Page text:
Support Building for Removing Watertown Dam from Charles River

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Charlie Breitrose The Watertown Dam near Watertown Square slows the flow of the Charles River. A group is advocating removing the dam.

The group pushing to have the Watertown Dam removed from the Charles River received a major grant, and the effort got the support of the Charles River Chamber of Commerce.

The Charles River Watershed Association (CRWA) has appealed to the Waertown City Council to support removing the dam located just west of the Galen Street Bridge in Watertown Square. The decision will be made at the state level, because it falls under the control of the Department of Conservation and Recreation (DCR).

In December, the Council sent a letter in support of the effort, saying that the aging dam is at risk of failing, that it prevents fish from migrating upstream, and that doing so would “start to mend these wrongs and join with those indigenous voices who have been calling for years to remove the Watertown Dam and restore the river.”

River Grant

On March 23, the CRWA announced it had received a $1 million anonymous grant to accelerate work to restore the Charles River watershed.

“This is a game changer for the Charles River. We will be able to move much more quickly to remove defunct dams that are harming native fish, restore streams and tributaries in urban areas, and tackle invasive plants that crowd out native species,” Executive Director Emily Norton said in the announcement. “Over time, these actions will reconnect miles of stream, improve water quality, and restore aquatic habitat for fish, insects, and wildlife.”

The river has had dams on it for more than 400 years. The first dam in Watertown was a grist mill built in 1634 by early colonists. That was replaced by another dam in 1814. The current dam was built in 1955 after the previous one was damaged by Hurricane Diane. There were natural falls in the area prior to the first dam.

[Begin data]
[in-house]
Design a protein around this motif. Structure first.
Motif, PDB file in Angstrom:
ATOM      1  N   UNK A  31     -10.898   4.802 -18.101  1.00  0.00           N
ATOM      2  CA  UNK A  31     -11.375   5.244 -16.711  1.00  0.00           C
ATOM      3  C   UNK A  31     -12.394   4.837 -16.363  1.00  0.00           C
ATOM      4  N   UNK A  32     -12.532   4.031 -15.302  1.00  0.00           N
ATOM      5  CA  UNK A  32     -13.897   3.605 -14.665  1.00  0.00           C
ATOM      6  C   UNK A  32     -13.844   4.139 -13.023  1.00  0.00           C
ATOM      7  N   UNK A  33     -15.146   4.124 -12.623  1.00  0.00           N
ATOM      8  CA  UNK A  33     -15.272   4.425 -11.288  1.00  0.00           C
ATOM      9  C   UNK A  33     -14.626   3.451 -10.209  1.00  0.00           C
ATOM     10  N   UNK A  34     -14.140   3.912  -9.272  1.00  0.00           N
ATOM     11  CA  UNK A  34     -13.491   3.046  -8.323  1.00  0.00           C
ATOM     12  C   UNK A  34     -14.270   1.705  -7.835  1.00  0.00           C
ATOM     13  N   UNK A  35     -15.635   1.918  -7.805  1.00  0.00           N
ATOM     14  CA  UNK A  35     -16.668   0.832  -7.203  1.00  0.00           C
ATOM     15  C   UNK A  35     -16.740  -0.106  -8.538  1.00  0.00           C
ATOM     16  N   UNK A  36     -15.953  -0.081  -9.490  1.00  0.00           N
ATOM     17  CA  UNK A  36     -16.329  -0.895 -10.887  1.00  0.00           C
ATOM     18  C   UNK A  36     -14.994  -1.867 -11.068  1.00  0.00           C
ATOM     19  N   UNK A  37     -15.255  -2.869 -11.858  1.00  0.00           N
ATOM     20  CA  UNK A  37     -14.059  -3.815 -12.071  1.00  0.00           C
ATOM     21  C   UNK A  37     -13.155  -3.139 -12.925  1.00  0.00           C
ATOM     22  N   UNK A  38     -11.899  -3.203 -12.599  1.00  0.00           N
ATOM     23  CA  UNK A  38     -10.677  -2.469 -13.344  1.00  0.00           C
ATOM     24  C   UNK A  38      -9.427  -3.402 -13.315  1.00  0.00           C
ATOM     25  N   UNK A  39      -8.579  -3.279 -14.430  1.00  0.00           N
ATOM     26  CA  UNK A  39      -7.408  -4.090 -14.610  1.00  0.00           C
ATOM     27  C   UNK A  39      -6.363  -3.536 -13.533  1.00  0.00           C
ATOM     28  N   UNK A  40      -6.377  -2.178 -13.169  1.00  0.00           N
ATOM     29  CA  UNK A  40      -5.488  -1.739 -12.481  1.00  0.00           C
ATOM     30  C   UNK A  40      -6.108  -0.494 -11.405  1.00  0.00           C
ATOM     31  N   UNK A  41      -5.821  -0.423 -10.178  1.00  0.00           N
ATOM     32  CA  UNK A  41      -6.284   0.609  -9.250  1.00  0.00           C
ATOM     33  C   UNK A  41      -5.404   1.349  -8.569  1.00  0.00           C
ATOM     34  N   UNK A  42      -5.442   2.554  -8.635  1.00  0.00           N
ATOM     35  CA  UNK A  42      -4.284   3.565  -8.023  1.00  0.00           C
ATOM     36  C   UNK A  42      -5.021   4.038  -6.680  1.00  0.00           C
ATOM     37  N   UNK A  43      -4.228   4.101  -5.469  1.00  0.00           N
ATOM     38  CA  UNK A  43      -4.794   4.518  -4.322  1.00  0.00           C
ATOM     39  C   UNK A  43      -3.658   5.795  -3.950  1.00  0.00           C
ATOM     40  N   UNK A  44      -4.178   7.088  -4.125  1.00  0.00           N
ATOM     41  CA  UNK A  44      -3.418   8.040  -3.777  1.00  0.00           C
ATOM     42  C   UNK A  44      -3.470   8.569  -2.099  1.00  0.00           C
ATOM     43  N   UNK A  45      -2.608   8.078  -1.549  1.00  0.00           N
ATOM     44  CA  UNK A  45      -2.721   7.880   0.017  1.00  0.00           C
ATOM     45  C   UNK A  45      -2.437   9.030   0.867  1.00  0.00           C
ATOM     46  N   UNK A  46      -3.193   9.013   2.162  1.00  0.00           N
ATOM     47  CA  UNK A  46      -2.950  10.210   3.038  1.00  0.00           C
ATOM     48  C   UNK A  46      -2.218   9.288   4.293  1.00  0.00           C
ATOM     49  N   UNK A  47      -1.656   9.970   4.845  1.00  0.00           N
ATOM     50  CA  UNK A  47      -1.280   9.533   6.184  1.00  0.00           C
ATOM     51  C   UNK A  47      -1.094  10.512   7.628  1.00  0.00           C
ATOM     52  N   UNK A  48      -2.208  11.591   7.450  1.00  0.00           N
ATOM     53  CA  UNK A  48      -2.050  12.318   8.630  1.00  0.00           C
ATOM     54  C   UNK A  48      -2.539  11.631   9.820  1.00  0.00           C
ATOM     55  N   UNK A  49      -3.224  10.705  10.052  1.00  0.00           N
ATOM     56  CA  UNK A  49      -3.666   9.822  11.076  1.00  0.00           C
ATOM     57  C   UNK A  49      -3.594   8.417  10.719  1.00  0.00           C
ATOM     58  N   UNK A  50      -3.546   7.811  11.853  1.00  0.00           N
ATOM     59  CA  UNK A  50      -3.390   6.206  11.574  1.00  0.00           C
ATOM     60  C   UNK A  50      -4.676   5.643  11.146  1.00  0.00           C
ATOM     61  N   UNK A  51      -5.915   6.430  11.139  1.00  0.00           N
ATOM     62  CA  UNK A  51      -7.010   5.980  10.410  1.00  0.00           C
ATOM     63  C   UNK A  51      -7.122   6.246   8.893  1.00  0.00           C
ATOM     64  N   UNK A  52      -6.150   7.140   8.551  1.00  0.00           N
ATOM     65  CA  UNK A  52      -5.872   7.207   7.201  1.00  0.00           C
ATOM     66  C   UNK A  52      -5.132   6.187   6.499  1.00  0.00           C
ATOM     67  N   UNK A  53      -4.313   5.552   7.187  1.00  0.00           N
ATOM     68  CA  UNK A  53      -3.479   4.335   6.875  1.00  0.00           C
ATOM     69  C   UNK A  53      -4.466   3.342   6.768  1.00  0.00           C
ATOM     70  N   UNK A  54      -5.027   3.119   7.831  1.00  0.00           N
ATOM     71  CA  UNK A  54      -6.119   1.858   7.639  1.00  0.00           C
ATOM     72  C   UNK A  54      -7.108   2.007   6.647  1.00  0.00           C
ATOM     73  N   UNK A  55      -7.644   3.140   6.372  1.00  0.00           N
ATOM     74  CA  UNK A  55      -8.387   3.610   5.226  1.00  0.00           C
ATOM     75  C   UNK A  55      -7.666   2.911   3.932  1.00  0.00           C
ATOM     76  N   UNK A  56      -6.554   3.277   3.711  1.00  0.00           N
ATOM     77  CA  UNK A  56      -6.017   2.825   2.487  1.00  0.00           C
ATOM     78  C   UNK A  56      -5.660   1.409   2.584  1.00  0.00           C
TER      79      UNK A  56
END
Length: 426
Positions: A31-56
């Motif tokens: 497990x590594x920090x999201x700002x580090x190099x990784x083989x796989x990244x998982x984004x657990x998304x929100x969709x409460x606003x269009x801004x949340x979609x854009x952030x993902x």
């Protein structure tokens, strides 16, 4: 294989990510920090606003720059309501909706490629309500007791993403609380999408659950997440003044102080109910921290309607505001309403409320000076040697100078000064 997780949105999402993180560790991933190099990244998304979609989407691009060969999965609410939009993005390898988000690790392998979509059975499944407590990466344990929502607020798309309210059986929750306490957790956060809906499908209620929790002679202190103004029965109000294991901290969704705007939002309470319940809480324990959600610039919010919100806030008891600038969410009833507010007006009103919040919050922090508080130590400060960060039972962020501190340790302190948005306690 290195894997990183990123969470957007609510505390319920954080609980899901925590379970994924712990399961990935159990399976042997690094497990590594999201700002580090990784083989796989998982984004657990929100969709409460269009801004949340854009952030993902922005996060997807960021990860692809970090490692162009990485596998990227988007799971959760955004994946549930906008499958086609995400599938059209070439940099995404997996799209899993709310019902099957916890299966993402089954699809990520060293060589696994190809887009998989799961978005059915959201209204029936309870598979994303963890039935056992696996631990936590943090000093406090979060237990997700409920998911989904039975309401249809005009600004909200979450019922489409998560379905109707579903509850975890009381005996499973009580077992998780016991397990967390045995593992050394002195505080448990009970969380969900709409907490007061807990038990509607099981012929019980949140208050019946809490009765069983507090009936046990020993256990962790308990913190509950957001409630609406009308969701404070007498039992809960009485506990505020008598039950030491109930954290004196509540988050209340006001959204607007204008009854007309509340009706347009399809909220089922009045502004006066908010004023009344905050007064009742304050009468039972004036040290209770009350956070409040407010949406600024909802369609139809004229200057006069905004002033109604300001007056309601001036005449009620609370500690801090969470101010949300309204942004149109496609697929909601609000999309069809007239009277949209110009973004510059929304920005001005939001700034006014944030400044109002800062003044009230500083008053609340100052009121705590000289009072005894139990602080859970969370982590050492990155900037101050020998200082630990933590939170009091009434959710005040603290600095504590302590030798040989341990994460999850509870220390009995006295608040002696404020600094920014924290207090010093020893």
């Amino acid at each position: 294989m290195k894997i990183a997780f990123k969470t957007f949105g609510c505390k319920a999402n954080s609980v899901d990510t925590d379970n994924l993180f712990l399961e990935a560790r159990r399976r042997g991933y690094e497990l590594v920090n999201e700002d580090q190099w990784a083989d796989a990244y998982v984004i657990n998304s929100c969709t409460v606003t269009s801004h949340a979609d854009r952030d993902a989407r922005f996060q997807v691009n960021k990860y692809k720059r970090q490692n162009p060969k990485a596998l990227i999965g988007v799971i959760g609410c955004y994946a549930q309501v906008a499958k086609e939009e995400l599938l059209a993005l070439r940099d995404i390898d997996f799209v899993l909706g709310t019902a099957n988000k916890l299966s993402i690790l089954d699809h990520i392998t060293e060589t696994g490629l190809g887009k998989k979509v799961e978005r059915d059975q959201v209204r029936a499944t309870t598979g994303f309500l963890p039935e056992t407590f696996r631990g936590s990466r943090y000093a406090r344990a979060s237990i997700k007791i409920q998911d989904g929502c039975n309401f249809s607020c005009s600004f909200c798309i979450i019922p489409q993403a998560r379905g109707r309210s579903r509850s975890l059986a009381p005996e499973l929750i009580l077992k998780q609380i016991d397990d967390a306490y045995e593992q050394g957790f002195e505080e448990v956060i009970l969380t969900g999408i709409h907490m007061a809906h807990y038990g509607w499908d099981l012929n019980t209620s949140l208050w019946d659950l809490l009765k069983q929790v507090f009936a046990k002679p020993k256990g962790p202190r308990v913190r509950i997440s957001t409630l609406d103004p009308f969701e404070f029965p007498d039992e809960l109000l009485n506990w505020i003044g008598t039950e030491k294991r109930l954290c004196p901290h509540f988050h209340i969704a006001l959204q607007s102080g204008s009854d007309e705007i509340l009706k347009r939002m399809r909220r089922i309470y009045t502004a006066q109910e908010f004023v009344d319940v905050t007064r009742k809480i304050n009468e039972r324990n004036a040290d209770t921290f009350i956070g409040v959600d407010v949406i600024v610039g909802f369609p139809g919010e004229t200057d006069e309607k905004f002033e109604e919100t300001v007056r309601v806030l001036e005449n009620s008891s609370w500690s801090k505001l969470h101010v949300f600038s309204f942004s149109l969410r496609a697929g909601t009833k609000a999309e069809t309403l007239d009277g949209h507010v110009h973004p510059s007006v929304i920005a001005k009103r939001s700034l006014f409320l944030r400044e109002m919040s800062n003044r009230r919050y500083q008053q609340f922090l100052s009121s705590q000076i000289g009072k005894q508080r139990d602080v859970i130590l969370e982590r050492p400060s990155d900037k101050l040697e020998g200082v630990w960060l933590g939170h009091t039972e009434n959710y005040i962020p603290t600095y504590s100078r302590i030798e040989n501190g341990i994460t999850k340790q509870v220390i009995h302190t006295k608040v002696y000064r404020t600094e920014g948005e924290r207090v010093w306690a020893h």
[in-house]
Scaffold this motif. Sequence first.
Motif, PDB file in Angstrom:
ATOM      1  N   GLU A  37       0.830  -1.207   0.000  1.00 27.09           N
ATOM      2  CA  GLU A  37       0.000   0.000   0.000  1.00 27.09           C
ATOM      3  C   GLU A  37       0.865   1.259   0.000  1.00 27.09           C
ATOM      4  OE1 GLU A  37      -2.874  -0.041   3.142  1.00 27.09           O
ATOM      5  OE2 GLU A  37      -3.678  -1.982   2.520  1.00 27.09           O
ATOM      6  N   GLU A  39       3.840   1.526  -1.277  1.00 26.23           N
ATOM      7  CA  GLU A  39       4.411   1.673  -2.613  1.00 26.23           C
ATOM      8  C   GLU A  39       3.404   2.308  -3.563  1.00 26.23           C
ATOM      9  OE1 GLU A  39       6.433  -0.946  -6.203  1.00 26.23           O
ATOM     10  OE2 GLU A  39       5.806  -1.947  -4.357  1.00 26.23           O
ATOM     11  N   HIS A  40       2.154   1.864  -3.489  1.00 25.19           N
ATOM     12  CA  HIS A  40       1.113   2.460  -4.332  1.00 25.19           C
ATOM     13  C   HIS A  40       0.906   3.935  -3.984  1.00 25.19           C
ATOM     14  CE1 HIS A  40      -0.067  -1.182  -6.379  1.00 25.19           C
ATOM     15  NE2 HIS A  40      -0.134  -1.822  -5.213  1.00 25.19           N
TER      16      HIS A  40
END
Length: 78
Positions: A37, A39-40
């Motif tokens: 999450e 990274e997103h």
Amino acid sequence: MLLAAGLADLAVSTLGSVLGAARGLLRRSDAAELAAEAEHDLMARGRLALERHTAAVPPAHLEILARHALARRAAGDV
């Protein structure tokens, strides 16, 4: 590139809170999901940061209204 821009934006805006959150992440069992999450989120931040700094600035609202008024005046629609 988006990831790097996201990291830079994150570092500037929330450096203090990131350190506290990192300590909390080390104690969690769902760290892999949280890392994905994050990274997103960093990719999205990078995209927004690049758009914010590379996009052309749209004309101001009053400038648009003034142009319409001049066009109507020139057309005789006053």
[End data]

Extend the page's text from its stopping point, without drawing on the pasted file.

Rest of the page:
Chamber Support

The Charles River Regional Chamber also joined the voices calling for the removal of the Watertown Dam, saying that if the dam failed it could be harmful to businesses in Watertown and Newton, which lies on the other side of the river.

On March 28, the Chamber’s Executive Director, Greg Reibman, sent a letter to Rebecca Tepper, Secretary of the Executive Office of Energy and Environmental Affairs, and Douglas Rice, Commissioner of the Massachusetts Department of Conservation and Recreation.

The letter reads:

Dear Secretary Tepper and Commissioner Rice:

On behalf of the businesses in Watertown and Newton located on both sides of the Charles River both up and downstream from the Watertown Dam, we are writing in support of controlled removal of the dam as both a means to restore the environment along the river and to protect infrastructure that could be in peril if there was to be a breach.

As climate change brings increases the risk of more extreme storms and flooding, we’re concerned that water could overwhelm the Galen Street Bridge and shut down roads and businesses along the river — including along Watertown Square, Charles River Road and Nonantum Road.

Conversely a feasibility study of removal of Watertown Dam found no change in flooding downstream of the dam post-removal and a six foot reduction upstream of the dam post removal.

We would be grateful to the Commonwealth and DCR for prioritizing further design, permitting, study and ultimately removal of the dam.

Greg Reibman
President, Charles River Regional Chamber

Copes of the letter were also sent to the Watertown City Council, Watertown Conservation Commission, CWRA Executive Director Emily Norton, Massachusetts Fish & Game Commissioner Ron Amidon, and Division of Marine Fisheries Commissioner Daniel McKiernan.

5 thoughts on “Support Building for Removing Watertown Dam from Charles River

  1. Receipt of the anonymous grant is very good news and will advance progress on removing the dam, which so many users of the Upper Charles River Greenway Healthy Trail bike path support.

  2. I was under the impression that this was already decided, and they just hadn’t done it yet. I am all for removal of the dam, especially if it keeps fish from spawning.

  3. Removal of the dam is long overdue. The fish ladder doesn’t even work, as it was constructed on the wrong side of the river, rather than on the side that fish originally chose for jumping the rapids. Since the Town Council has already voted in favor of dam removal–and since a majority of town citizens support that vote–what is the state waiting for?
    Liza Ketchum, Watertown

  4. The dam should be left intact, with a race diverting the water flow to run a hydroelectric generation platform which can supply power for all residents to benefit from. The river flows 24/seven and will be a constant source of green power.
    This is not the type of dam that retains water, so the flow of the river would be exactly the same with , or without that low head dam in place.

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